More than 30 years ago I took my desire to become an actress so seriously that as a total stranger, I knocked on the door of Hungary’s then undoubtedly best theatre, and told the porter I wanted to work there. Her face brightened up as they were looking for a cleaner. Obviously, this was not exactly what I meant by it but I took the opportunity. I will tell you all I learnt during the period when I was a cleaner in Katona József Theatre. By Gabi Both.
You’ve got to start your life somehow…
I was an actress since I was a little child. Jászfényszaru, where I grew up, looked (and still looks) back on an immense acting tradition. The Fortuna acting ensemble could thank its nationwide reputation to Andrásné Kovács, or Aunt Rozika, one of the best theatre pedagogy experts. My elder brother also played in Fortuna, and I learnt recitation, situational drills and whatever I could in the Napsugár child ensemble already as a junior.
I learnt that reading helps you live, poems save lives, and team spirit is important. We wandered around the country with our performances, taking part in quite a lot of reciting contests, winning prizes both as a team and individually. I was always in the top notch, and even if I did not get in the first three (which rarely happened), I was sure to be awarded with at least a special award.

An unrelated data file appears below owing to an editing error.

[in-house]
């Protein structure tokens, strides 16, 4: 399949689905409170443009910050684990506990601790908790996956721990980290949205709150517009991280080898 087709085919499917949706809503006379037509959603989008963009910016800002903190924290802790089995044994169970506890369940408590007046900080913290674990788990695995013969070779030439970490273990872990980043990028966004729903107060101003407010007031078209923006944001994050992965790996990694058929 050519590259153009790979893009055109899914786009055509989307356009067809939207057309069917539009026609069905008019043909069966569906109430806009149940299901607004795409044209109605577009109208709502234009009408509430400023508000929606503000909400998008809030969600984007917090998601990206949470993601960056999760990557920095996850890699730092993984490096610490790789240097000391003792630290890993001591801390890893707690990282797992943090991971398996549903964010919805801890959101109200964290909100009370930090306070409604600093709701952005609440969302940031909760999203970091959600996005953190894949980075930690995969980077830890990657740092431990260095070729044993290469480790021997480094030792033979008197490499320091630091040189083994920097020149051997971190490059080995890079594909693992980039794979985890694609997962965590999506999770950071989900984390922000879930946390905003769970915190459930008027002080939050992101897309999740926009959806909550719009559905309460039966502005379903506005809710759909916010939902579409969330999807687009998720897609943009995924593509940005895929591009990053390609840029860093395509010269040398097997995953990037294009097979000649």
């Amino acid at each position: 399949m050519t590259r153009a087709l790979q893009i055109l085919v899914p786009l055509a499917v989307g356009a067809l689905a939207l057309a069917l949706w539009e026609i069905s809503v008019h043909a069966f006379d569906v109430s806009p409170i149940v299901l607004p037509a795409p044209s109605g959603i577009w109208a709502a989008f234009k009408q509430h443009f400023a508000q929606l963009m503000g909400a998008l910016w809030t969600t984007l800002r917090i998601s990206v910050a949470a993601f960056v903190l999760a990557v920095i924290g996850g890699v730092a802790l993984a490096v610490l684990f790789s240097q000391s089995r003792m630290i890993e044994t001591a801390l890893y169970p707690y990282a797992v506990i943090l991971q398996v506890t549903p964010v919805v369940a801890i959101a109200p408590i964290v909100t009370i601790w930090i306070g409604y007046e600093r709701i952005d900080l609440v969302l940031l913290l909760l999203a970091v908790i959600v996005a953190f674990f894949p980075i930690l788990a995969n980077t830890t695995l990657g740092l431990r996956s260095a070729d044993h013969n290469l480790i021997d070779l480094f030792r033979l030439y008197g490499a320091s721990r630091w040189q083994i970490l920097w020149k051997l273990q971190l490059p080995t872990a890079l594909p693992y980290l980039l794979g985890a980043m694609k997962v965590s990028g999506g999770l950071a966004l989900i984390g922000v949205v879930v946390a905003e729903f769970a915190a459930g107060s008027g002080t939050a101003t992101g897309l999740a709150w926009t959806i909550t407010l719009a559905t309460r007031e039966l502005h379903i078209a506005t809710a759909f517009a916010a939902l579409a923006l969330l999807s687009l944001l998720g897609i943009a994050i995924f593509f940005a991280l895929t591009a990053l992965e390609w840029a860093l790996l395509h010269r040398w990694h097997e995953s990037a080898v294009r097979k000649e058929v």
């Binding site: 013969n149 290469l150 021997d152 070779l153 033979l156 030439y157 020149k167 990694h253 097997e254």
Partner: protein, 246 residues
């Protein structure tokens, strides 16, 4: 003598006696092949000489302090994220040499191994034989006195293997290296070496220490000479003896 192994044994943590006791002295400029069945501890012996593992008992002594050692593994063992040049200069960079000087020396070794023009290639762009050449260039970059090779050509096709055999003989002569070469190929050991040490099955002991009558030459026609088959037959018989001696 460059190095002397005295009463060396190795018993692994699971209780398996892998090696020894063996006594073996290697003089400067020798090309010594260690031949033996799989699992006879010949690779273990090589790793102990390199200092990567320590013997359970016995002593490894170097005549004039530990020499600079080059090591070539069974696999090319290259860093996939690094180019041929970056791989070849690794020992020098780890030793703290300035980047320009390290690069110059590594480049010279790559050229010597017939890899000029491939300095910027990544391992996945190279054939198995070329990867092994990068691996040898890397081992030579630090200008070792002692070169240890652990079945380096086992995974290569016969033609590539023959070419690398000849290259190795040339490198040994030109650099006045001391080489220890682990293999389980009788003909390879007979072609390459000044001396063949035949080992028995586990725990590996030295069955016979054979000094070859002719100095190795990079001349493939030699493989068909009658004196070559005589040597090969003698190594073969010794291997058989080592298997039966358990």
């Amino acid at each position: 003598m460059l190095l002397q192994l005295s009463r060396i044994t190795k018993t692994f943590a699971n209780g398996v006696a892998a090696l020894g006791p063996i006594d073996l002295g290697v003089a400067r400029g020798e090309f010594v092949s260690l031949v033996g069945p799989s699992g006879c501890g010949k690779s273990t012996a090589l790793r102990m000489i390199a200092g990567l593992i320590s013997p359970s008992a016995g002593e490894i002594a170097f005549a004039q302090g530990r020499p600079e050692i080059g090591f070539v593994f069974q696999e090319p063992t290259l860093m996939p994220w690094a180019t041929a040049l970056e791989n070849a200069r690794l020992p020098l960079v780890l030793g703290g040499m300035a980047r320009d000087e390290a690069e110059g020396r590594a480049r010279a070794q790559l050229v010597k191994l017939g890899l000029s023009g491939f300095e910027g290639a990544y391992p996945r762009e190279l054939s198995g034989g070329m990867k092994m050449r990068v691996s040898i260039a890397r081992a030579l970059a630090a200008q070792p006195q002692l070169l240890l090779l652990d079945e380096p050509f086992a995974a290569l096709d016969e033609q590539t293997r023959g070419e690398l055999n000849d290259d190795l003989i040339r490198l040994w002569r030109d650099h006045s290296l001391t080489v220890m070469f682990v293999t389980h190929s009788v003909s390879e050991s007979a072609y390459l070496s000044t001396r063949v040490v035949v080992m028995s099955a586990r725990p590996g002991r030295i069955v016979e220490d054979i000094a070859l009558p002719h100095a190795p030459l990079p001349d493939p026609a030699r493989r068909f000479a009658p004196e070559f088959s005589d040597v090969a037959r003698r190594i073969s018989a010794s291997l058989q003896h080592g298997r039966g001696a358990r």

The prize was often a book voucher, which gave me extra motivation to properly prepare for each contest. Based on these experiences, I decided I would become an actress. I never found conventional ways attractive, therefore I decided I would start preparation in the school of life.
Cleaner is requested on the stage!
I was 18 when I moved to Budapest and got into the life of theatres. I was not the only one to “give up everything for the theatre”, a fellow cleaner for example came as a fresh humanities graduate from Szeged to be where “things happen”.
She recommended me a lot of plays, for example we analysed the “three Ts”: Péter Nádas’s drama trilogy, Takarítás, Temetés and Találkozás.
It must have been a bit comical when, next to a windowless cleaner’s locker room, the two of us were arguing about how credible Nádas’s scenes were on paper only to hear the stage manager say: “Cleaner is requested on stage!” We jumped on our feet to grab the buckets, mops and brooms and rushed to the stage that meant the world.